Senior Fellow in National Security Studies at the Centre for Policy Research, New Delhi, he was Member of the (1st) National Security Advisory Board and the Nuclear Doctrine-drafting Group, and author, among other books of, 'Nuclear Weapons and Indian Security: The Realist Foundations of Strategy', 'India's Nuclear Policy' and most recently, 'Why India is Not a Great Power (Yet)'. Educated at the University of California (undergrad and grad), he was Visiting Scholar at Princeton University, University of Pennsylvania, the Shanghai Institutes of International Studies, and Henry L. Stimson Center, Washington, DC.
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13 Responses to Interview on China and developments in Ladakh — Rediff News

  1. Gaurav Tyagi says:

    ‘They are scarred by the 1962 War and are still cowed by China.’

    This statement is not correct. India gave a befitting reply to China during the 1967 border clash between these two sides.

    Why the Indian establishment remains silent about the aforesaid victory?

    This is something which should be highlighted prominently across all sections of the Indian society.

    • Considering the record, the 1967 confrontation seems to have been a one-off thing and only because then Maj General Sagat Singh — who as a Lieutenant General commanding IV Corps and the real hero of the 1971 War, was GOC, 17 Mtn Div at Nathu La.

  2. Gaurav Tyagi says:

    The Chinese gave an excellent opportunity to the Indian forces during the June 2020 clash.

    They attacked with stones, barbed wire laced sticks and other medieval era weapons. What stopped the Indian army from unleashing their guns on PLA?

    The 1,000-odd sq kms in the area northeast of the Y-Junction on the Depsang Plain is gone from India’s control forever.

    The Chinese will not vacate it because if they do then the PLA which lost approximately 50 odd soldiers during the aforesaid clashes (mostly drowned in the river while retreating back) will get highly upset with the Chinese political leadership.

    Therefore these meaningless rounds of talks between China and India will continue forever without any positional change on the ground.

  3. Amit says:

    You accept that that the Indian defence industry is not up to the mark, Indian infrastructure on the border is still a work in process, the Indian economy is still recovering from COVID and oil prices are sky high which further constrain the Indian economy. On top of it, you are also not for closer cooperation with the US, and propose a Quad plus, minus the US (though you also support the off shore balancing role of the US). Then you also have the balancing act with the US and Russia, where India needs to be a swing player and therefore cannot be too antagonistic with China. Pray Professor, please explain how a more aggressive stance against China is feasible in such a situation? Even if the Indian military has become more ‘offensive’ than defensive in recent years. Are you suggesting instigating a war with China? The US would like nothing more than this!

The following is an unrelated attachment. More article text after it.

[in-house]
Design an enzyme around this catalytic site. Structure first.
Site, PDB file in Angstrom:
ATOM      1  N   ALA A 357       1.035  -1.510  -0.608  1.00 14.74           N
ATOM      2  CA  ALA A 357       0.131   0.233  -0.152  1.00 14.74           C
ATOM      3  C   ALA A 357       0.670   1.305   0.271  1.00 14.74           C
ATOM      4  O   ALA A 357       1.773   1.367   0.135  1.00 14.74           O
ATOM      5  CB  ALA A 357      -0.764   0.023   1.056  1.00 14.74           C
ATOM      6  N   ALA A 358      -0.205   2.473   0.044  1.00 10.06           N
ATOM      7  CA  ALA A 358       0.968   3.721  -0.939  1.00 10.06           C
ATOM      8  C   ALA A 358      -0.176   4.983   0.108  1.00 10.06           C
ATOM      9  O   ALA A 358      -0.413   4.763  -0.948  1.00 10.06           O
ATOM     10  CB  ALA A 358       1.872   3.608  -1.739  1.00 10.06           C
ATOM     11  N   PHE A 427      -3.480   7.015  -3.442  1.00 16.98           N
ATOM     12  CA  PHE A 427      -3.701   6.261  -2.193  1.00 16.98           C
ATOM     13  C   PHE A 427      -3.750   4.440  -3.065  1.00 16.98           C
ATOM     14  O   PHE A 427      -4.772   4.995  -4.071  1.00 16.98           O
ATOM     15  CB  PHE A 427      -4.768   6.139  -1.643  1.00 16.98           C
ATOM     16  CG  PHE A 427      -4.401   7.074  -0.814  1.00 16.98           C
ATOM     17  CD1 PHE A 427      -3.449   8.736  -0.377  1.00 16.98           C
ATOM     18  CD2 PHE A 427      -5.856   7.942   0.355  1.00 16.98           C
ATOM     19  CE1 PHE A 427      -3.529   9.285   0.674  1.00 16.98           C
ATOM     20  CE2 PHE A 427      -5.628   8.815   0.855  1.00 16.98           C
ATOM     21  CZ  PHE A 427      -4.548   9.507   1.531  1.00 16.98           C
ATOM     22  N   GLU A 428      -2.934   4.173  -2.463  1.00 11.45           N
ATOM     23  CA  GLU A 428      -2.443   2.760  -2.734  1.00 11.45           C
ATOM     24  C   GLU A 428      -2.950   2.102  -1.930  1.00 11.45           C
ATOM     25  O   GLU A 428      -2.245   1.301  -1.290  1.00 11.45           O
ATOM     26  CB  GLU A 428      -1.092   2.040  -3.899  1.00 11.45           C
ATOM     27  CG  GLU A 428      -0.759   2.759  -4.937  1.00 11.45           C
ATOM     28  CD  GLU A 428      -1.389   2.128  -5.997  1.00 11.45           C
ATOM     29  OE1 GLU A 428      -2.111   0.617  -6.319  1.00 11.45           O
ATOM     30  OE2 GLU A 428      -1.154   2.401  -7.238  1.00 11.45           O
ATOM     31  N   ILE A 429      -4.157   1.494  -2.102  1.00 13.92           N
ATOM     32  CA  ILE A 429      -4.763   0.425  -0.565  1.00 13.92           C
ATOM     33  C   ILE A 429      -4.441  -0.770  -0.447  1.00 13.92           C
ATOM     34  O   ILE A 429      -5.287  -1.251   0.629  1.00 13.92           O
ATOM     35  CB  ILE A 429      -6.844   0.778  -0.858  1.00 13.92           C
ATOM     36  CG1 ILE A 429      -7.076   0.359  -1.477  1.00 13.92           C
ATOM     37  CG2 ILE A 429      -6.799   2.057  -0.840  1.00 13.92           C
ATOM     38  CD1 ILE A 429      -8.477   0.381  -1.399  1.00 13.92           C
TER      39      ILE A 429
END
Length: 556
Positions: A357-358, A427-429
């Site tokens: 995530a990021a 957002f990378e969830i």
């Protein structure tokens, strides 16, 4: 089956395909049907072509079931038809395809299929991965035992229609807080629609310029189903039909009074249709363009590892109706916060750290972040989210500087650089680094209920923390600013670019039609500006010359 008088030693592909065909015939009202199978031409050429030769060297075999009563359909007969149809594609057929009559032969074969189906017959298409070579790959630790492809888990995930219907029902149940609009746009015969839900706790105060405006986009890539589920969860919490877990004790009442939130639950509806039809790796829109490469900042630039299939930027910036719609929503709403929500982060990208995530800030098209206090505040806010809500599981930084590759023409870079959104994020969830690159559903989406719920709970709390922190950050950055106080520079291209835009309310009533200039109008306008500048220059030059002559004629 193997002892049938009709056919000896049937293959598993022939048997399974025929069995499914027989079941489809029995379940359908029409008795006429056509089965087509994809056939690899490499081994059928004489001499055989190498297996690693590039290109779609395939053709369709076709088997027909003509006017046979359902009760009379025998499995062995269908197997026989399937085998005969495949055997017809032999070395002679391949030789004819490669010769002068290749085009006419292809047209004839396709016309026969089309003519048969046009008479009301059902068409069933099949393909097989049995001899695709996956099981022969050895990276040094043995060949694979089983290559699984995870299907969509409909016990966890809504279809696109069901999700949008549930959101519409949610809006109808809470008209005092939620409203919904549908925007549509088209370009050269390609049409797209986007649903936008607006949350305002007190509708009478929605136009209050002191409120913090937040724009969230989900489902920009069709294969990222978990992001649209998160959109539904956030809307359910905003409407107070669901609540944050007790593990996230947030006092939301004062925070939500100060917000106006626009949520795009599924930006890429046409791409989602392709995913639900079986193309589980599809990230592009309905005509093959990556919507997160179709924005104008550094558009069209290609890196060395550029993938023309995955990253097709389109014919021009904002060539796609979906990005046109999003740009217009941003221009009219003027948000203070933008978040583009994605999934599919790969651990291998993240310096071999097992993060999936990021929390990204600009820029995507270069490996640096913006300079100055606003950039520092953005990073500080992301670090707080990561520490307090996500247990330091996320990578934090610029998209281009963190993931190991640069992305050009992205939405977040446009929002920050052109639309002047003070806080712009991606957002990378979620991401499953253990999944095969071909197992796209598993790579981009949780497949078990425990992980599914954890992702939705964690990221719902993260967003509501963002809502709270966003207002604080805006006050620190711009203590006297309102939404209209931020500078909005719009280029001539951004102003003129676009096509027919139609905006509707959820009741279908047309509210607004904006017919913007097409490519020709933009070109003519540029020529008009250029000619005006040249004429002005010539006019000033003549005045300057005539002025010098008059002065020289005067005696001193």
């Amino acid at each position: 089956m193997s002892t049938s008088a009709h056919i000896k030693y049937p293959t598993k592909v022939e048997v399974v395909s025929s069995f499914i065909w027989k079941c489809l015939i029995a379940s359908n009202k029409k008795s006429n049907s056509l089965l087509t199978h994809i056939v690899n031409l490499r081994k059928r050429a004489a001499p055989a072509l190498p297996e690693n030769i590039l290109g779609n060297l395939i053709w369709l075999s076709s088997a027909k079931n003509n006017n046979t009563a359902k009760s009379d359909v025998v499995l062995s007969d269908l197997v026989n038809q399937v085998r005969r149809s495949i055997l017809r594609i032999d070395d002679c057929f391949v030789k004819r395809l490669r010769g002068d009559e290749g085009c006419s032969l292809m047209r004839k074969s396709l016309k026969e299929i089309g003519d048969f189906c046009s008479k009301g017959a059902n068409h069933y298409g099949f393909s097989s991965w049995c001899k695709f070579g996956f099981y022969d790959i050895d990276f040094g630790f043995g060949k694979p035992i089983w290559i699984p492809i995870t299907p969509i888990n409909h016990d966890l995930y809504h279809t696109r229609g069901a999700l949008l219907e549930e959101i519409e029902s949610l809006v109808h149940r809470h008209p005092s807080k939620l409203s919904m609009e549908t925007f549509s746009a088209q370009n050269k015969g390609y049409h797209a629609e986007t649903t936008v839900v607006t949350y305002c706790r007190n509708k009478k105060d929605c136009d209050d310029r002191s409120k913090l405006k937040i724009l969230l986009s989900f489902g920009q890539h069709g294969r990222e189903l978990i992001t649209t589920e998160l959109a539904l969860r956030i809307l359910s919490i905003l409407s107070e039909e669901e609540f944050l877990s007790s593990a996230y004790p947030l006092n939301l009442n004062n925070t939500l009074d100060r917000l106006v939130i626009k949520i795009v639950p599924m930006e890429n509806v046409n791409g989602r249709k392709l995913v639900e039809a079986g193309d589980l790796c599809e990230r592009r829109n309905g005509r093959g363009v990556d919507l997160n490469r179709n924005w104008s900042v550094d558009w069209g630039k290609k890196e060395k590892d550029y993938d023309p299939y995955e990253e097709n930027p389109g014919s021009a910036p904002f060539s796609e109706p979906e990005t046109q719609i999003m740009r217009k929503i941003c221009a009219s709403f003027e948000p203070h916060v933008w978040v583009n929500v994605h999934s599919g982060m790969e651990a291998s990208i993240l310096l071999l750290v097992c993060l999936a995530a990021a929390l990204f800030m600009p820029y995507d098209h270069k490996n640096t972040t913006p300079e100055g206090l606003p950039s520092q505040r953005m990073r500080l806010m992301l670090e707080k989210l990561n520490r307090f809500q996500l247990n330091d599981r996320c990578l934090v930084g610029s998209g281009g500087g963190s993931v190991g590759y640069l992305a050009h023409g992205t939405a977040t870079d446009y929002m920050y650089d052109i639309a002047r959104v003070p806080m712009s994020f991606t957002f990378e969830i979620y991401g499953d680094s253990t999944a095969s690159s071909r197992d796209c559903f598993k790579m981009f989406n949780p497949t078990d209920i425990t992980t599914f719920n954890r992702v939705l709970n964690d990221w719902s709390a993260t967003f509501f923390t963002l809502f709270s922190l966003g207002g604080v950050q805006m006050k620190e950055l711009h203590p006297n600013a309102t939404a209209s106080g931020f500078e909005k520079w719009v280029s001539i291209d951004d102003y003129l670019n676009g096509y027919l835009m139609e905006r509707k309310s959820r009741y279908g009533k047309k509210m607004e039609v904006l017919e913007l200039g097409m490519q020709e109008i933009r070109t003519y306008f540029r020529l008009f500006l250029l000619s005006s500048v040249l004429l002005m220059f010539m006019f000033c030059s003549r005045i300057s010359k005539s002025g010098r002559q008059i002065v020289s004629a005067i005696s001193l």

4. Sankar says:

    “Zhou Enlai in the 1950s did offer Nehru a territorial swap — recognition of the McMahon Line in Arunachal Pradesh for Indian acceptance of the Aksai Chin the PLA had built the Xinjiang Highway through.
    That was not a bad deal for Nehru to have accepted then. He didn’t.” –

    In my understanding of the records available in the public domain, Chou-en-Lai’s so-called “deal” was on a cryptic map of the Indo-Tibet boundary. When Delhi pursued to clear up the matter by questioning Beijing for the details, the real trap for India set by China became clear one by one – China was changing the map every time a joint meeting was held between the officials of Delhi and Peking which pushed the boundary deep inside India – Brahmaputra valley gone, Ladak gone and so on. until it dawned onto Delhi the perfidy of the Chinese. There have been a number of joint meetings held between Delhi and Peking to resolve this but to no avail. It was then that PM Nehru turned back and stood firm on the decision to defend India’s “boundary”. The point is he realized that historically there was no boundary between China and India – India’s northern boundary was with Tibet drawn by the British Raj’s record – the McMahon line! The reality was China has invaded Tibet to which Nehru had acquiesced in 1949.